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I’ve often claimed that the only surefire way to “save the planet” if you wish to eschew the price system and compel people to do something about their environmental “footprint” is to ask folks to consume less.

Now, the counterpoint to this is that the data is pretty overwhelming that richer is greener, and if lower levels of consumption take us back down the environmental Kuznets curve, then we’ll actually wreck the planet by consuming less. For example, if we consume less, it may be the case that we stop exploring for earth friendly oil (don’t laugh, think of its energy density as compared to alternatives) and start using more wood to warm ourselves and cook our meals. We’d wreck the world’s forests trying to do that.

But ignore that for the time being. Given our wealth and stock of knowledge, isn’t it plausible that reducing our consumption would reduce resource use?

I’m not so sure what that means. I think for this to truly have any meaning we’d have to argue not just that we have to reduce our consumption but rather we have to reduce our overall wealth in order to see any effect. So this means not only do we have to stop buying second cars and fifth televisions, but so too do businesses have to stop consuming, but so too do governments. I wonder if the anti-growth folks out there are willing to extend their argument out this far? See last Friday’s post for more.

Suppose we limit our thought to asking consumers to cut back on some of their spending. What will happen in an economy that does this? Well, what options do we as consumers have if we choose not to consume today? It would seem to be most likely that we save those resources instead.

But what is saving but consumption by another name? And it is consumption by another name for two reasons. First, savings just don’t sit under a mattress, they are funneled through the financial sector and “used” by folks that place a greater value on accessing those resources today than we do. In other words, they are invested. That “investment” is simply current consumption by firms to expand plant, equipment, training, etc. I don’t see how consuming a larger factory is any different than consuming more televisions today. And of course what impact does this have? The second impact is that such investments today encourage more consumption out in the future. That’s the point! Indeed interest rates will continually adjust until at the margin we are indifferent between consuming one more television today and one more television tomorrow.

So it doesn’t seem like it is even possible, in principle, to reduce our consumption today.

Or is it?

Again, ignoring the strong positive relationship between growth and environmental quality, it would seem to be the case that what the plea to consume less means is that we all, collectively, have to produce less. I wonder how that would sound on a public service announcement? “Hi folks, if you are trying to save the planet, make sure you start showing up late for work!” But that is really all that it could mean. I don’t think that all of us producing a little less would spell the end of the world, but I wonder what the save the planet advocates would have to say? You can’t consume less without producing less. And basic economics teaches us this – and that is because the sole end of production is consumption.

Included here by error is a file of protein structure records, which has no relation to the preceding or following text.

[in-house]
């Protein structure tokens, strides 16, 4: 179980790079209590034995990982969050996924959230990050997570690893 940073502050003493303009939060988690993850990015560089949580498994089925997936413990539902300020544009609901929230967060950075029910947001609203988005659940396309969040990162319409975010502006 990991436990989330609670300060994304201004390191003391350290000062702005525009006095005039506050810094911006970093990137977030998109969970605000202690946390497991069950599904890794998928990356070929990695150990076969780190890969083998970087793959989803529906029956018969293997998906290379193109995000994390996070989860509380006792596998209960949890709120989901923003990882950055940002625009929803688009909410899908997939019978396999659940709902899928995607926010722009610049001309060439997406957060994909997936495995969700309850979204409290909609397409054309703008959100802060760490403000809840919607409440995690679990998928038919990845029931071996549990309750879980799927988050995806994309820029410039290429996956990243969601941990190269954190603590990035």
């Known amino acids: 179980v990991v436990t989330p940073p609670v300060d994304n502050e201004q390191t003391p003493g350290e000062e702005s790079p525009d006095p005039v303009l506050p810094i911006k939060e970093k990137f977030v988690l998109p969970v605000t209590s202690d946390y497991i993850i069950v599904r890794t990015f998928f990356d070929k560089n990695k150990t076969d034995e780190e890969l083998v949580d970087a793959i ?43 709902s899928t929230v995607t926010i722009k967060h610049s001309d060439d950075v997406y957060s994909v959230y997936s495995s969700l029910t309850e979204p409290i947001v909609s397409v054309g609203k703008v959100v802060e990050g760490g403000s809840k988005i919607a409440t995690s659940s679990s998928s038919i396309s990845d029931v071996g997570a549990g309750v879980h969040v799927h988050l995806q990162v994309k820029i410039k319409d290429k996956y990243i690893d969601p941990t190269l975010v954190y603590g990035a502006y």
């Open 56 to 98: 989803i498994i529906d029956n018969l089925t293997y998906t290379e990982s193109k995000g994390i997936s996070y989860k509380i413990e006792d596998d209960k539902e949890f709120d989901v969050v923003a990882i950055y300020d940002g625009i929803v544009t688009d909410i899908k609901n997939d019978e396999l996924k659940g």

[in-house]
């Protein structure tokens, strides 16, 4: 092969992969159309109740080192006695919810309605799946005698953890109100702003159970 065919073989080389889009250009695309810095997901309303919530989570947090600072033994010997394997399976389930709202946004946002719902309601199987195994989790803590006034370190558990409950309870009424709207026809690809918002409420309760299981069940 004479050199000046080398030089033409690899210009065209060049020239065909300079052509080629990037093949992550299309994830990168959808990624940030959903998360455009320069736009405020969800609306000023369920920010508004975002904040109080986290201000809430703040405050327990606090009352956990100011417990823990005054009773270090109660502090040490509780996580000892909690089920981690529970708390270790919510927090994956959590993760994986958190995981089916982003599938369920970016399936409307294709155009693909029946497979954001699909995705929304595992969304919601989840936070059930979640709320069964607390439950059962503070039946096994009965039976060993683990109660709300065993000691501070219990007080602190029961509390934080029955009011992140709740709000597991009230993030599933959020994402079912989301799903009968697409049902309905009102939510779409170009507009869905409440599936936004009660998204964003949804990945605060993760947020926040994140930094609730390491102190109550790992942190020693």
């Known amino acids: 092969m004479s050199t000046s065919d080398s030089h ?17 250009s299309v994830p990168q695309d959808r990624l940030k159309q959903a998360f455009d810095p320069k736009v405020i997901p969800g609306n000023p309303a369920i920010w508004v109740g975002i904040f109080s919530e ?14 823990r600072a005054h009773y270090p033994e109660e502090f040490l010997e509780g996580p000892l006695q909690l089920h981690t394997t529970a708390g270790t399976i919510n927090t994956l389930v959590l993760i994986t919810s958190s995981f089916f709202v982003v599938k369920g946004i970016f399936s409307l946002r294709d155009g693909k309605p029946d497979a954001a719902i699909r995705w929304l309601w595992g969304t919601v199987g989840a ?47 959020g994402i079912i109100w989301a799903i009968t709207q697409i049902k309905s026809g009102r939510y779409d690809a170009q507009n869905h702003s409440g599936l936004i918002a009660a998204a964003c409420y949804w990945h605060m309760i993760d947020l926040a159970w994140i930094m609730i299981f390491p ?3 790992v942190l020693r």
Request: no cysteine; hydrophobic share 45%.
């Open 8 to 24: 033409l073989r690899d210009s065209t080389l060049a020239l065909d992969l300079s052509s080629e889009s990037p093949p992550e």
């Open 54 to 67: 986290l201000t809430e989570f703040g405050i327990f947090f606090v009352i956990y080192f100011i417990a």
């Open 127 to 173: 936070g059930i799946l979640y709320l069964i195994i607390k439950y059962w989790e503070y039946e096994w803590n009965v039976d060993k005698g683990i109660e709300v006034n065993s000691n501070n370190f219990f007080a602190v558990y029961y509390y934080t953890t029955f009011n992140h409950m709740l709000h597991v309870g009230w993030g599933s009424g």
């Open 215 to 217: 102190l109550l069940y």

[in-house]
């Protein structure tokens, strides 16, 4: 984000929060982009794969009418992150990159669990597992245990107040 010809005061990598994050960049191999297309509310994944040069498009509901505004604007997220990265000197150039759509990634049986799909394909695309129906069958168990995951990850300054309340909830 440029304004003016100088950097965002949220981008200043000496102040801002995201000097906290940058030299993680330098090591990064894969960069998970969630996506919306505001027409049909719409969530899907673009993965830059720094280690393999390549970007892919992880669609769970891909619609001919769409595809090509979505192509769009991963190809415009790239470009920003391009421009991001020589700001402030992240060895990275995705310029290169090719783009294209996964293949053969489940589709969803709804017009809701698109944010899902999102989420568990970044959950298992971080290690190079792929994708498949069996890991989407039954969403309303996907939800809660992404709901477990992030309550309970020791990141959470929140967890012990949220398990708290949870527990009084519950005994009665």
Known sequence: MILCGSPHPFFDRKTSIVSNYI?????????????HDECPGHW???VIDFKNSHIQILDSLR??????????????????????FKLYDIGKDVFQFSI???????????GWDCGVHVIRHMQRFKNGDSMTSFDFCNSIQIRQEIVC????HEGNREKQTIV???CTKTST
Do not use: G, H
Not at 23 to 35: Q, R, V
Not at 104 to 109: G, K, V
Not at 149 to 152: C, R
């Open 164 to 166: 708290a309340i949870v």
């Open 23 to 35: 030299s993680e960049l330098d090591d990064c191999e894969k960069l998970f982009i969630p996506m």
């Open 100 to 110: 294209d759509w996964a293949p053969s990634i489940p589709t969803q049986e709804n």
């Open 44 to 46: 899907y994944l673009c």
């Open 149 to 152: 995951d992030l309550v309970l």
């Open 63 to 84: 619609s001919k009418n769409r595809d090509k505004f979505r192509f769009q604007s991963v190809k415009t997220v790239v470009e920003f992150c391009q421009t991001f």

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6 Responses to “Debating Myself, A Continuing Series”

  1. jb says:

    Great post, and great fodder for conversations with conspicuous non-consumers tooling around proudly in their Prius’s and who badger me about recycling. Saving is, after all, by definition, that which we do not consume. Savings are made available to capital markets in one way shape or form, where somebody, ultimately, uses them to consume materials to produce stuff. Wow. Let the greenies chew on that one for a while. The only way to “reduce my footprint” I guess, is that instead of saving , I would have to cash that portion of my pay I that I do not consume and burn the currency. But that would risk deflation and also release carbon dioxide into the atmosphere, so maybe I should bury it, but wait, landfilll….boy it sure ain’t easy being green…

    • wintercow20 says:

      You couldn’t even burn your money, because of course as you say this only changes the value of the currency – and not the quantity of goods being produced. We truly would have to enforce Harrison Bergeron-like shackles on our productive capacities.

  2. Harry says:

    If you wish to eschew the price system and compel people to do something….

    Wintercow’s reasoning is sound here. And there are a lot of people who want to eschew the “price system” which is the voluntary exchange between two parties.

    Just read the latest issue of the Huffington Post, or the December 1977 issue of Mother Jones, or any op Ed by Paul Krugman. The idea is to consume less so you can afford to pay more excise, income, real estate, payroll, and wealth taxes which government is better able to allocate more wisely. The hidden promise is that there will be enough money left over for the Nomenklatura to live in dachas in Jackson Hole.

  3. Harry says:

    Isn’t that the Laffer curve, or the law of diminishing returns? This is a question Wolf Blitzer should ask our commander-in-chief.

    • jb says:

      Right on Harry. Hey that’s an interesting question to post. If you could participate in a Presidential press conference, and were guaranteed the right to ask one, but only one question of the President, what would it be?

  4. jb says:

    Right on Harry. Hey that’s an interesting question to post. If you could participate in a Presidential press conference, and were guaranteed the right to ask one, but only one question of the President, what would it be?

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